Judaism

Divergent journeys

Call me naïve, but I really thought that when I became Jewish, people would understand what that meant.  After all, Jews aren’t Christian and, therefore, do not profess a belief in Jesus. (Side note: I’m aware of Messianic Jews but we consider them to be Christian, not Jewish.) Again and again, I’m confronted by people who want to know how I marry my Jewish beliefs with a belief in Jesus. And when I tell them that I don’t believe in Jesus, which is precisely why I became a Jew in the first place, they get this horrified look on their face that transitions to a sympathetic one after a few seconds.

I get that it’s a shock to people that I can be a Christian for my entire life and then “reject” Jesus and become Jewish. For a lot, it’s a hard pill to swallow. Take, for example, my experience this morning when I was checking out at the Hallmark store. I asked the manager if she anticipated any Hanukkah items arriving later this year, and she said that after the Halloween stuff moved out, she’d have some. She went on to share that she has friends who are “Christian Jews” and that they celebrate Hanukkah.  I mumbled that I was a former Christian, and she said, “Well, then, you can have a Christmas tree and a menorah!” She looked quite pleased with herself until I explained that I didn’t celebrate Christmas because I didn’t believe in Jesus because I am Jewish. Her face fell and she practically whined, “You don’t believe in Jesus?!” She then added, “But my friends do!” I kindly explained that her friends may consider themselves Jewish, but we do not. At that point, we were both feeling uncomfortable and I just wanted to get my things and get out of there.

I don’t want to have to tell my story over and over again, but when they give me that sympathetic look – like I might be struck by a lightning bolt at any second – I feel compelled to explain. Explain that I always felt like a fake at church, and that praying to Jesus was something I rarely did because it didn’t feel right, and that Easter used to fill me with utter dread and I didn’t know why. I have to explain that I never felt any form of connection to Jesus and, once I learned about what Jews were looking for in the Messiah, I was relieved to understand that it didn’t describe Jesus. At all. I have to explain that I don’t believe I’ll be punished for rejecting Jesus, as many Christians believe, because to have that belief, you have to believe in Jesus in the first place. I have to explain that Jews believe that there is more than one path to God, and that you can find your spirituality and your connection to The Divine without ever stepping inside a Christian church.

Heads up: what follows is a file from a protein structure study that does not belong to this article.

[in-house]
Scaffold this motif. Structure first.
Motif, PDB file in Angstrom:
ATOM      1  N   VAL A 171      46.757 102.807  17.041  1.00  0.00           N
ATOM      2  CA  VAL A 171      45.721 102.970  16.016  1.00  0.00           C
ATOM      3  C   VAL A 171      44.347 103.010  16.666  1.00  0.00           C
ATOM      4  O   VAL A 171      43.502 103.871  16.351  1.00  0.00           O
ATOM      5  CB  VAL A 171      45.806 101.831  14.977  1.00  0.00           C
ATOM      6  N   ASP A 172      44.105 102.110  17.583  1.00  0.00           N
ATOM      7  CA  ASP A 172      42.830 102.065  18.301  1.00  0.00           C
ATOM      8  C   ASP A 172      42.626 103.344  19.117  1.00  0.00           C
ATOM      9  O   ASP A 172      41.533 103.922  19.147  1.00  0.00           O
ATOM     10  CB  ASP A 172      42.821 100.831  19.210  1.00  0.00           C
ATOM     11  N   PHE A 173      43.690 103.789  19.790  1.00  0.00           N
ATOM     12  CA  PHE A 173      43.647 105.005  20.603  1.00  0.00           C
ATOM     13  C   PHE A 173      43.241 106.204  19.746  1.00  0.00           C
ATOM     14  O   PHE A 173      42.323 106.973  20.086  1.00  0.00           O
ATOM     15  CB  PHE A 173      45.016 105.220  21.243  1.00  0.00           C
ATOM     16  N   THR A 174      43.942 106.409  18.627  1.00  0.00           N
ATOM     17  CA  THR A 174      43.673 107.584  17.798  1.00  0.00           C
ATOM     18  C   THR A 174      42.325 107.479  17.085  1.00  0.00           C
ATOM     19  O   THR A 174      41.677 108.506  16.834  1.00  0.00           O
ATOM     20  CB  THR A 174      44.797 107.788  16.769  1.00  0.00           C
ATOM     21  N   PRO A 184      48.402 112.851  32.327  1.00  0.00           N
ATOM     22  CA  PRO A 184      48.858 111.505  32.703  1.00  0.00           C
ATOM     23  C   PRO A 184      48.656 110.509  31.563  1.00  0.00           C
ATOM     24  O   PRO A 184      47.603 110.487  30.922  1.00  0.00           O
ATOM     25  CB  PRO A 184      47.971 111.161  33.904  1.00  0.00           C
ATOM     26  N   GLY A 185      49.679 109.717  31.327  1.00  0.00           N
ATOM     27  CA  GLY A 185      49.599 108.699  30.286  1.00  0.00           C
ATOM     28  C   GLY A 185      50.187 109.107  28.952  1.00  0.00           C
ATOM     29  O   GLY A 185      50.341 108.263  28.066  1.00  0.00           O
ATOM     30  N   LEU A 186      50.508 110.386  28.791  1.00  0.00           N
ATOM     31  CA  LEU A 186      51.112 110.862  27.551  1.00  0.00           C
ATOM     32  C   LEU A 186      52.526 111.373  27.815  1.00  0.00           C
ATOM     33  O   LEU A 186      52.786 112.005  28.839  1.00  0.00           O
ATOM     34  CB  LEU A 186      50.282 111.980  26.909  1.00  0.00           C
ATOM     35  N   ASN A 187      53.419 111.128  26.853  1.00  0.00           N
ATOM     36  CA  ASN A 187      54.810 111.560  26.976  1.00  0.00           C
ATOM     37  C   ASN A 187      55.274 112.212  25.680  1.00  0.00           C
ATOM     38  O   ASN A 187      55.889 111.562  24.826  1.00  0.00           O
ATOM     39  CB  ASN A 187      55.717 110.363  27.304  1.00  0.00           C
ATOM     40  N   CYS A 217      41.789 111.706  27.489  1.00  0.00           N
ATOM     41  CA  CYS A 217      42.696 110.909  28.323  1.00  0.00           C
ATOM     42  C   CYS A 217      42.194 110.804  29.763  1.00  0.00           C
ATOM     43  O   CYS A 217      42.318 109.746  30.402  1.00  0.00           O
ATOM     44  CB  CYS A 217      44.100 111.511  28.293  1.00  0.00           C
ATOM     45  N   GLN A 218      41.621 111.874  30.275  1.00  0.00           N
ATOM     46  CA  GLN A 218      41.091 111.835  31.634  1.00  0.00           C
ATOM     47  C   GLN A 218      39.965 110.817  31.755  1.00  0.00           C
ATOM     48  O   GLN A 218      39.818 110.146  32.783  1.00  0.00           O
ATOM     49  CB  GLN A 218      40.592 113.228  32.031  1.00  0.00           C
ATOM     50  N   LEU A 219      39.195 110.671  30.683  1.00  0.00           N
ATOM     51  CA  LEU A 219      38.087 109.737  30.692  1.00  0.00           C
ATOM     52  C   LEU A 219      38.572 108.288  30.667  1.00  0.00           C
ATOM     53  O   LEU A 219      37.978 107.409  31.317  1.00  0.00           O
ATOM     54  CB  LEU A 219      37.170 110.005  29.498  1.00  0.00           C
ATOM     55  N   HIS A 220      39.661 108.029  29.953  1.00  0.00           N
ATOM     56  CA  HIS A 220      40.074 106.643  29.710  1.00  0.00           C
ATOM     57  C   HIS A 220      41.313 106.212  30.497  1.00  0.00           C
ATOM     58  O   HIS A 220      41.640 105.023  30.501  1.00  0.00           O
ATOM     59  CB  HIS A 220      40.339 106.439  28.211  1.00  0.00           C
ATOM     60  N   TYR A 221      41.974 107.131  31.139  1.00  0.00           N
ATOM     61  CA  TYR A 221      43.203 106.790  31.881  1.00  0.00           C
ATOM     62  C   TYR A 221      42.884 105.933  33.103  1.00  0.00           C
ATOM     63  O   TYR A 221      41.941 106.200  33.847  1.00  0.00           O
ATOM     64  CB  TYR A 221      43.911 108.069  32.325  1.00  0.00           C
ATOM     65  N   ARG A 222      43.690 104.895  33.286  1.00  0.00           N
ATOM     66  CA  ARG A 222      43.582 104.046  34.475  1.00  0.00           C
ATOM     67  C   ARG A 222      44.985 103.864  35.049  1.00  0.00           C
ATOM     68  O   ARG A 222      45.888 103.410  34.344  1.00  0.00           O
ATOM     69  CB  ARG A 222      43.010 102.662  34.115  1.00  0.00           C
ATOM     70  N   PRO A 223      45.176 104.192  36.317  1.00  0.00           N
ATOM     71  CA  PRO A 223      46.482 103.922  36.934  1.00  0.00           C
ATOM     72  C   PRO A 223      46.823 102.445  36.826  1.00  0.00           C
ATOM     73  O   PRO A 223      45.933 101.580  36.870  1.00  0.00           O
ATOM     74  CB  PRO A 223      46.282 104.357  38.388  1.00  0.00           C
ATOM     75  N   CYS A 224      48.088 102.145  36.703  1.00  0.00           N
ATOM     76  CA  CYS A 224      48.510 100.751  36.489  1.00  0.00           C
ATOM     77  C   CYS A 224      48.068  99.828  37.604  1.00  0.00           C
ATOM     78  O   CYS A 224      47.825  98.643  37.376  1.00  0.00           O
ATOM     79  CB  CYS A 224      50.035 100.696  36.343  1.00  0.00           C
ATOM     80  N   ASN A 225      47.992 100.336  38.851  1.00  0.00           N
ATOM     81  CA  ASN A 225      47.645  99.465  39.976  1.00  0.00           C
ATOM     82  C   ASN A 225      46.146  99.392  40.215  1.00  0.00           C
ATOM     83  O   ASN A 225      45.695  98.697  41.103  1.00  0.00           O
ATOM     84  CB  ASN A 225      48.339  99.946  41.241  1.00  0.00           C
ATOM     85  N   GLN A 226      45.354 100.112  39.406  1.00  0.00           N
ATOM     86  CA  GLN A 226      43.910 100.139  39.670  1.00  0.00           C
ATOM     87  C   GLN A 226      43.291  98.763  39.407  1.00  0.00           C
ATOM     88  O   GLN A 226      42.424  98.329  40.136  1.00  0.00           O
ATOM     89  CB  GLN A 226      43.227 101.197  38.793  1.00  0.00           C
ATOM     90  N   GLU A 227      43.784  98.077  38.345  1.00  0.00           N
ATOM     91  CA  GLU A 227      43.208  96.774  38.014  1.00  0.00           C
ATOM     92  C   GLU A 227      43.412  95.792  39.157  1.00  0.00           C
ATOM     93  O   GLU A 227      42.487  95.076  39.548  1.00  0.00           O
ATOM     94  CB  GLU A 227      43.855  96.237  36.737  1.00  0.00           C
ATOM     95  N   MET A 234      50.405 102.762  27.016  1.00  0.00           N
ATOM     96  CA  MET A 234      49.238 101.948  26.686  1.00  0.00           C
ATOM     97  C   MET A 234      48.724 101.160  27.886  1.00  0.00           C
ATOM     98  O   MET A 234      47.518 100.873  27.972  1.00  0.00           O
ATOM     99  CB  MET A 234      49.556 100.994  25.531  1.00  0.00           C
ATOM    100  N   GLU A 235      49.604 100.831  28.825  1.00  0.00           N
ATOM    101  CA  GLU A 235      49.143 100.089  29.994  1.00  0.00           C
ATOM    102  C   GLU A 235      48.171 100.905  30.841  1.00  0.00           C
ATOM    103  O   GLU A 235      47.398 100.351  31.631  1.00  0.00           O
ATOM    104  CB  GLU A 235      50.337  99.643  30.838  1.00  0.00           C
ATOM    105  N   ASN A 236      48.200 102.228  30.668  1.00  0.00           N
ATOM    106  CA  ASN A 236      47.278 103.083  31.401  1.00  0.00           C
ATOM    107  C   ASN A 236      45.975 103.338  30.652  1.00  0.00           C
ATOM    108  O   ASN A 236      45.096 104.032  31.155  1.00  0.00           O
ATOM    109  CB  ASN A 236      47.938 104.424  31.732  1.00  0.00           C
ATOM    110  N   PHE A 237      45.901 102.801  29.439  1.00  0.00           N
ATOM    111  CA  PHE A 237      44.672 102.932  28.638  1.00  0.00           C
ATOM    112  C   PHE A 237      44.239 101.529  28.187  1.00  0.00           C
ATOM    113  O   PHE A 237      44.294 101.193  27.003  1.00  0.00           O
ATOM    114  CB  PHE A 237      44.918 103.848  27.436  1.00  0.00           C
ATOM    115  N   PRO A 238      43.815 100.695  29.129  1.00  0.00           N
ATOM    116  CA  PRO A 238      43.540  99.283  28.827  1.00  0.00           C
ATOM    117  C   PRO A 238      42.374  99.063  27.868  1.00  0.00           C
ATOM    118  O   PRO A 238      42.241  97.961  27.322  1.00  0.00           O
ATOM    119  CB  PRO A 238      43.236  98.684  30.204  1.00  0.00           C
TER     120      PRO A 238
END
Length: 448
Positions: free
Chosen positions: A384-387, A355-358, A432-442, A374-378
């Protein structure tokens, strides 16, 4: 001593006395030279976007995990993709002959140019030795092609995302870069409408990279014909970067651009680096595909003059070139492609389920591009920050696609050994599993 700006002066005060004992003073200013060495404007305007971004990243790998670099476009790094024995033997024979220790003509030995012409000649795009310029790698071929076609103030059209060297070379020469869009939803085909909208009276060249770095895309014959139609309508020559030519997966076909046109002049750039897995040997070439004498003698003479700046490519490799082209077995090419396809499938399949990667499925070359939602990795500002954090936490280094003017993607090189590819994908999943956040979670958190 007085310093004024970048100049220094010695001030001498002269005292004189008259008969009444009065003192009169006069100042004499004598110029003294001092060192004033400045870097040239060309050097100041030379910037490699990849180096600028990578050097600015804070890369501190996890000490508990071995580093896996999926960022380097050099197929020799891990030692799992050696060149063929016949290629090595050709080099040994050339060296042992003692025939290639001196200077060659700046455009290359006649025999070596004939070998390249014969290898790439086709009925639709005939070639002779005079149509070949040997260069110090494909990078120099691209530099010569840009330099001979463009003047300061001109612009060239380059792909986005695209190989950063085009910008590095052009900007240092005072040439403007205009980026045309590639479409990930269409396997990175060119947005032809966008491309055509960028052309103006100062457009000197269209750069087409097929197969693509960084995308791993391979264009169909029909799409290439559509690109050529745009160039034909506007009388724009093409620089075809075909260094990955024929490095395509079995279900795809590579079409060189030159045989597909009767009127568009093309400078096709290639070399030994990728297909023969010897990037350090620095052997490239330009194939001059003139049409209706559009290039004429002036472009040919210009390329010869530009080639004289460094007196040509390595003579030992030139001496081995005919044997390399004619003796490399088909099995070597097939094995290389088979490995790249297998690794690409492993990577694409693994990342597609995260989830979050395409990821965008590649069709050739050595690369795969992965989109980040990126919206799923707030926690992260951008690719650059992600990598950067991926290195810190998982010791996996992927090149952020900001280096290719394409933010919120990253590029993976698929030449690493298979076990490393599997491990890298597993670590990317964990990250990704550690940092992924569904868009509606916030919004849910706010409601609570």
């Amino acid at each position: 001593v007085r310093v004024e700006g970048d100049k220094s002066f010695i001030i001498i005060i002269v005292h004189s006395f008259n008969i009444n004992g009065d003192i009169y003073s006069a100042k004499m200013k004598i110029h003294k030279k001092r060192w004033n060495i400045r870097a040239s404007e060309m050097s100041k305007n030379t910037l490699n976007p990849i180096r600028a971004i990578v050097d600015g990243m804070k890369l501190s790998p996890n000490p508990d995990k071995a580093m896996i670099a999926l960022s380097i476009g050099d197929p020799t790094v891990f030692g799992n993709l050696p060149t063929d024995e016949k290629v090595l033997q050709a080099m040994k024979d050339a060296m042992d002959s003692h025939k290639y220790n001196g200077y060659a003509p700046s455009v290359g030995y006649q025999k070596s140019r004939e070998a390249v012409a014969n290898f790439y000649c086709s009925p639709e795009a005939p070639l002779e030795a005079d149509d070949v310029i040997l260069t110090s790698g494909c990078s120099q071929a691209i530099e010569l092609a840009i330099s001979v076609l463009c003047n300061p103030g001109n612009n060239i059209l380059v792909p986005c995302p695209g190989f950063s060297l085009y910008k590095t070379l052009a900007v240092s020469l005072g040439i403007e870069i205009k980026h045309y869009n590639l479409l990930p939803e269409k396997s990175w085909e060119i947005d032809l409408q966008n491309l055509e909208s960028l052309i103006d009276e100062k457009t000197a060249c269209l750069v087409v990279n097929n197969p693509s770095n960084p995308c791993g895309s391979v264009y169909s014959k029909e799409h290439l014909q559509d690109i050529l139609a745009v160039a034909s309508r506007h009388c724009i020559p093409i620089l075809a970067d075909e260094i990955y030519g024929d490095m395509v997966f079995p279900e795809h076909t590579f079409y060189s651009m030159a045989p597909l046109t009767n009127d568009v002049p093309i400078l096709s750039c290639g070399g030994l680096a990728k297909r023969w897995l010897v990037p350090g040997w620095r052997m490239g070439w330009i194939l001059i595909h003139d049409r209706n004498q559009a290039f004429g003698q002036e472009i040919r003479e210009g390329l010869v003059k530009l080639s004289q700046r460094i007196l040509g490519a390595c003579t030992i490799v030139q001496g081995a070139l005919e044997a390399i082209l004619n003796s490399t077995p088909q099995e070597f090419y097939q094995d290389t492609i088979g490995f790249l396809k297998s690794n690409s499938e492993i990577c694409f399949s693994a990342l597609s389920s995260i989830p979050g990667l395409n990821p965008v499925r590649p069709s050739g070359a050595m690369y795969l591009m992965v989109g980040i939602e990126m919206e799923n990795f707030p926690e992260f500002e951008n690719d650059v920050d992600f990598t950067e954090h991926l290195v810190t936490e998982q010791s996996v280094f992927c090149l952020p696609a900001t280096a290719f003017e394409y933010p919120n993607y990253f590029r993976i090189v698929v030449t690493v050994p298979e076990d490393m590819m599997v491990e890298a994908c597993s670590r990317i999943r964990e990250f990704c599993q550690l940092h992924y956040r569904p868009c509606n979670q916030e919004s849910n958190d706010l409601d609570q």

And then I wonder – why do I have to explain anything to anyone at all? Why is it anyone’s business?

When I went home to Indiana for my high school reunion last month, I attended the GriefShare class that my mom has been going to at a Baptist church in her town. I wore my Star of David necklace and quietly watched the videos, which are, of course, heavily Christian in nature. When it came time to discuss, I spoke up, but I didn’t hide the fact that I wasn’t Christian and was now Jewish.  I gave a two sentence explanation of how my parents ended up with a Jewish daughter, and it was a bit awkward because the pastor of the church was taking the class, but when I started explaining the Mourner’s Kaddish and how I pray that every day in remembrance of my father, the pastor gave me a thumb’s up and explained that he was a hospital chaplain for twelve years and understood Jewish customs well.  After the class was over, many of the attendees came up to me to thank me for coming and for participating, and they gave my mom feedback later that they’d enjoyed my different take on mourning and grief. A few ask about my Judaism, but they didn’t do so with judgement. I’m glad, because my mom doesn’t deserve scorn from fellow Christians just because I chose to take a walk in life.  And I might not believe everything they taught in that class, but there is no denying how very wonderful GriefShare is for my mom right now. (My rabbi recommended that she take the class, after all, and also agrees that it’s great!)

The bottom line is that I’m not hiding who I am, but I also don’t owe anyone an explanation of why I chose to “reject” Jesus. Eventually, I know I’ll probably stop even referencing my former Christian life. I’m not there yet, as Judaism is still new-ish to me, even though it’s the life I’ve been living for almost two years. I still feel somewhat caught in the middle – in love with my new journey, but carrying 36 years of baggage from my old journey. As the years go by, I’m hoping those bags fall away and that I can simply smile when someone mentions Christianity or Jesus in reference to my religion. I wait anxiously for the day when I can say “no thank you” and move on without needing to explain or defend myself. My path might be different than yours, filled with different holidays, symbols, prayers, and customs, but it’s just as beautiful. To me, it is more so because here I have found peace.

1 thought on “Divergent journeys”

Leave a Reply

Fill in your details below or click an icon to log in:

WordPress.com Logo

You are commenting using your WordPress.com account. Log Out / Change )

Twitter picture

You are commenting using your Twitter account. Log Out / Change )

Facebook photo

You are commenting using your Facebook account. Log Out / Change )

Google+ photo

You are commenting using your Google+ account. Log Out / Change )

Connecting to %s